Turkey: Millions of Dollars Fined on Social Media Companies Including Facebook and Twitter

Turkey: Millions of Dollars Fined on Social Media Companies Including Facebook and Twitter

Turkey has fined several social media companies, including Facebook, Twitter, YouTube, and Instagram, 1.2 million for non-compliance with the new social media law.

It should be noted that under the new law enacted in Turkey last month, a social media company with more than 1 million daily users will be required to appoint a representative who will be accountable to the company in Turkish courts. According to foreign news agency AFP, the law requires a social media company representative to remove "controversial" content within 48 hours and ensure compliance with orders regarding the protection of user data inside Turkey.

Critics say the government is seeking to bridge differences by using online platforms after tightening its grip on the mainstream media. Omar Fateh, Turkey's deputy transport and infrastructure minister and chairman of the Information and Communication Technologies Authority, said on Twitter that Facebook, Instagram, Twitter, Periscope, YouTube, and TikTok would be fined.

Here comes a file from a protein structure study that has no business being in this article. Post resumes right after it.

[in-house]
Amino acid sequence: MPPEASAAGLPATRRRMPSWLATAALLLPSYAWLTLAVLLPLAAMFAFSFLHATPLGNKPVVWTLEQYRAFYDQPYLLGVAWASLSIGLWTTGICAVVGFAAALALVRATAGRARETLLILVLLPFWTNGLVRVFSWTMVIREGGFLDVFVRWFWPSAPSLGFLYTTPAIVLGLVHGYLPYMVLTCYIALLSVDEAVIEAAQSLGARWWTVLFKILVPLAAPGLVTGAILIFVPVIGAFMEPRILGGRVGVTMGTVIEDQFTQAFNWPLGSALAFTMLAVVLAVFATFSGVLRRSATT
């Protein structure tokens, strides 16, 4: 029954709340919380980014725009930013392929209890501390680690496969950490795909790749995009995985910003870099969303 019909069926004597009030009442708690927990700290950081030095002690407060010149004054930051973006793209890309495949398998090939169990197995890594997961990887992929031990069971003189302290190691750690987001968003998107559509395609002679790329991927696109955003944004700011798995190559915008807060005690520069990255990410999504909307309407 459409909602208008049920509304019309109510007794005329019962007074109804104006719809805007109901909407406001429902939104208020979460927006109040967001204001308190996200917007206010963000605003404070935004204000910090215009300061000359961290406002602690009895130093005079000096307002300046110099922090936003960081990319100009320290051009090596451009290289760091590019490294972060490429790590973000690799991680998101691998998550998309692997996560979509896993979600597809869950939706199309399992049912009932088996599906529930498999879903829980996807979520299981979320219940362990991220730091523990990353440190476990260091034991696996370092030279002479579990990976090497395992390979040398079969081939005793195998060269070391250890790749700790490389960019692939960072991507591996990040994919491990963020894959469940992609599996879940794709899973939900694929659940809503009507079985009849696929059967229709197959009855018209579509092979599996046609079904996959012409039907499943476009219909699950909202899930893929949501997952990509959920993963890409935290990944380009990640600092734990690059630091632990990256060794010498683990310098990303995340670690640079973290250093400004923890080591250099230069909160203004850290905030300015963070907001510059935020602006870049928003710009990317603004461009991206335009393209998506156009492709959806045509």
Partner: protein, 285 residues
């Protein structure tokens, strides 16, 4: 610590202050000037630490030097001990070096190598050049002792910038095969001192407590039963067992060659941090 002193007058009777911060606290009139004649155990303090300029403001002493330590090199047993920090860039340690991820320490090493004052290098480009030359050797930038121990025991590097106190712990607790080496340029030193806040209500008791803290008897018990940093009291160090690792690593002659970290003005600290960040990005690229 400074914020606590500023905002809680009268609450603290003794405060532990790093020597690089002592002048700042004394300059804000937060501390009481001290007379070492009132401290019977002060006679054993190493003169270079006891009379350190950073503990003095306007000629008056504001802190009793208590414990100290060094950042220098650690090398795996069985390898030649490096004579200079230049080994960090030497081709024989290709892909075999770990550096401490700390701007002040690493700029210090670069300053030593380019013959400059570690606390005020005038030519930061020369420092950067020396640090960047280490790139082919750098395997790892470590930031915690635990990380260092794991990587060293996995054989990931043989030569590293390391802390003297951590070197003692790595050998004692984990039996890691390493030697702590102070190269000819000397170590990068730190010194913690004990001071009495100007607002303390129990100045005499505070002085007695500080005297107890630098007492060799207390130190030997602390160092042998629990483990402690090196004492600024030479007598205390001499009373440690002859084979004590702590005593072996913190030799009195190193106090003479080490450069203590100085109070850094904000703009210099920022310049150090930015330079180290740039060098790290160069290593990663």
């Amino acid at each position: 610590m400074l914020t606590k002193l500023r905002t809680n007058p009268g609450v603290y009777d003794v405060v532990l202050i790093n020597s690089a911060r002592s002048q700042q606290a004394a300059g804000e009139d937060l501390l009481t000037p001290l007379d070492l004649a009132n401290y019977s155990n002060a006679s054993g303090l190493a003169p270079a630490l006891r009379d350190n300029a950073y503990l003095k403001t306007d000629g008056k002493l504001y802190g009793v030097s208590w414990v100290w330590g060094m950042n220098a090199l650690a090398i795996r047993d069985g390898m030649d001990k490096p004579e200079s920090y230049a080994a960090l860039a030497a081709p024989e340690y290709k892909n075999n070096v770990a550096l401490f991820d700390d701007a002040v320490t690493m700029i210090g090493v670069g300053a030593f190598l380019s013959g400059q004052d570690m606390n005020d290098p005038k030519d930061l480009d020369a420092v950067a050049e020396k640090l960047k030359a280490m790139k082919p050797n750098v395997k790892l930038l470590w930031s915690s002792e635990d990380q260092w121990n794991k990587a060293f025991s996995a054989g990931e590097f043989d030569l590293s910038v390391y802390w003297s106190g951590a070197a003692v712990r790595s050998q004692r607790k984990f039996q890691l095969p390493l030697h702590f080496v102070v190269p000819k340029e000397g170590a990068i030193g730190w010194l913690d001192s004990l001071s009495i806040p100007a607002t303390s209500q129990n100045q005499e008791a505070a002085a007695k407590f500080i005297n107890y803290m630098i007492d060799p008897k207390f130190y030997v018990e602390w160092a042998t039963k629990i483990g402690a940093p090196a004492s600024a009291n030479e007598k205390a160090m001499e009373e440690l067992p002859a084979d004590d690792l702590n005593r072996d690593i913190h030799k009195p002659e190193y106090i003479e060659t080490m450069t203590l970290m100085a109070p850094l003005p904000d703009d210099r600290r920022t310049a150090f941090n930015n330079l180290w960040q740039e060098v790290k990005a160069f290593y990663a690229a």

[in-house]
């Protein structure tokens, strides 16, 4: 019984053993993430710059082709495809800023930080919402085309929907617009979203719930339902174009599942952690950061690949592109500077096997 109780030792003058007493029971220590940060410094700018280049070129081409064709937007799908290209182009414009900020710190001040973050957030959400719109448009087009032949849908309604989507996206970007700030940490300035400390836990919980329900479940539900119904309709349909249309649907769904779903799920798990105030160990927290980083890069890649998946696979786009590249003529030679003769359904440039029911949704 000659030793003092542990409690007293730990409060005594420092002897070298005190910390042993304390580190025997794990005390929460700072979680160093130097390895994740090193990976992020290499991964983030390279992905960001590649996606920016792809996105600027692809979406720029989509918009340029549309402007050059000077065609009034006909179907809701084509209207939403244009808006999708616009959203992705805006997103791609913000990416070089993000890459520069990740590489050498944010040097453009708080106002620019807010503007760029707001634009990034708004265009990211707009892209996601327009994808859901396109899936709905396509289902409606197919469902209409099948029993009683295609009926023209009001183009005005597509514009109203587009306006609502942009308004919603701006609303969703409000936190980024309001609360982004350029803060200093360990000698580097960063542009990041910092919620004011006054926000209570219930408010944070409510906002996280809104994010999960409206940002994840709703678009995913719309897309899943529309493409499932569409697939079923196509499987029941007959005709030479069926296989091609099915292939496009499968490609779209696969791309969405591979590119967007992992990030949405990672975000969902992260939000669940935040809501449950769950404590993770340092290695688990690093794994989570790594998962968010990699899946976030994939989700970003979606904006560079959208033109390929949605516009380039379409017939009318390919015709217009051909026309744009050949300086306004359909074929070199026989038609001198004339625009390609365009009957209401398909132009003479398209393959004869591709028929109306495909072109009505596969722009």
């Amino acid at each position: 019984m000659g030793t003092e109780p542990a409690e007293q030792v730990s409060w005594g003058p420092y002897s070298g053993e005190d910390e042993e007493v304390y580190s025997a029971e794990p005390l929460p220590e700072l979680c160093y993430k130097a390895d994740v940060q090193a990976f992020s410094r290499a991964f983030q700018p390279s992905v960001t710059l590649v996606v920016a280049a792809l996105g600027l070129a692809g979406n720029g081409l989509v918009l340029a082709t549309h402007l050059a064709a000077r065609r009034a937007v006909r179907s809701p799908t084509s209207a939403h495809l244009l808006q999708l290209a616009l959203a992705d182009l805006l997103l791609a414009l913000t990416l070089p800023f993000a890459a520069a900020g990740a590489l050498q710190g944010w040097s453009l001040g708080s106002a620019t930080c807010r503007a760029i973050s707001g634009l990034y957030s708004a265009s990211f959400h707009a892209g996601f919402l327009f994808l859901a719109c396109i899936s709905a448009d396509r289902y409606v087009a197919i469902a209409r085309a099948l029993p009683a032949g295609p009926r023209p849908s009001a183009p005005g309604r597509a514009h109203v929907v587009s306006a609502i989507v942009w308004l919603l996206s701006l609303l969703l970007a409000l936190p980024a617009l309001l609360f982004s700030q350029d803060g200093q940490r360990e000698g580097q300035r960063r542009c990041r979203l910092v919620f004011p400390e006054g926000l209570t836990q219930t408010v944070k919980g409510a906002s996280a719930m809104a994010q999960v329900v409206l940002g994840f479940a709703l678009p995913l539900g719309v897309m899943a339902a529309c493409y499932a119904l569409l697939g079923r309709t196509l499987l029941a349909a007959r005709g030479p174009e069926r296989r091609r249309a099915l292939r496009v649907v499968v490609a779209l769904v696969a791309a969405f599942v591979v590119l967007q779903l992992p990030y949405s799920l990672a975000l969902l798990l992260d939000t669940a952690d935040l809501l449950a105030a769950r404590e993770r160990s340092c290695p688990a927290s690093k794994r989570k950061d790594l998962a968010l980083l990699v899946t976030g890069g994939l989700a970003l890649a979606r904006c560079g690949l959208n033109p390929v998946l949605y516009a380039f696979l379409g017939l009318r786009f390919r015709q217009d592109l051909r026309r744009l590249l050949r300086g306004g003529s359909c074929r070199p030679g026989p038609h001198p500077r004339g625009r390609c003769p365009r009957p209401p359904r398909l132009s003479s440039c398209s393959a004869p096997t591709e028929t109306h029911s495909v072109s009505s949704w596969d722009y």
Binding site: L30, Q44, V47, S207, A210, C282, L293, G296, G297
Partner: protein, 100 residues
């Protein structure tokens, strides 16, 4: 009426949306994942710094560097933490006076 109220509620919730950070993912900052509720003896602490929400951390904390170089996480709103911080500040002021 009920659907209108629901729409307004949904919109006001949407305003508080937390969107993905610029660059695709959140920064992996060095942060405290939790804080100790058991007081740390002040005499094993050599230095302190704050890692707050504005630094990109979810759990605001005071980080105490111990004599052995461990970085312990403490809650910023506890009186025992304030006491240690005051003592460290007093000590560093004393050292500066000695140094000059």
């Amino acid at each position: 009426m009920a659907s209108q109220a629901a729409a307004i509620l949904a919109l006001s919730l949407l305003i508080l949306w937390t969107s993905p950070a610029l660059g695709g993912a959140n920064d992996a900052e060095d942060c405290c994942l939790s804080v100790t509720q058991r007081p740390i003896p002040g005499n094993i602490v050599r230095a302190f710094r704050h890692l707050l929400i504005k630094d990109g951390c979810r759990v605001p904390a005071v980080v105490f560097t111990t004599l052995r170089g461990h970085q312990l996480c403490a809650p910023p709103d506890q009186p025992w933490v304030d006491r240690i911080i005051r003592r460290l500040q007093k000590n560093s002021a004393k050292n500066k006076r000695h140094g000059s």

He said that foreign social media companies operating in Turkey have been informed about the rules which must be complied with. He said further non-compliance would result in a 3.4 million fine, a ban on advertising, and a 50 percent reduction in bandwidth within five months. Omar Fateh said that companies that still do not comply with the law will have a 90% reduction in bandwidth.

He said if companies complied with the law, sanctions would be lifted and a quarter of the fines would be collected. It should be noted that the Turkish parliament passed a controversial bill for greater government control over social media, which raised concerns about freedom of expression in the country.

Under the new law passed by the Turkish parliament, major social media platforms such as Facebook and Twitter will have to ensure the presence of their representatives in Turkey and comply with court orders to remove certain content.


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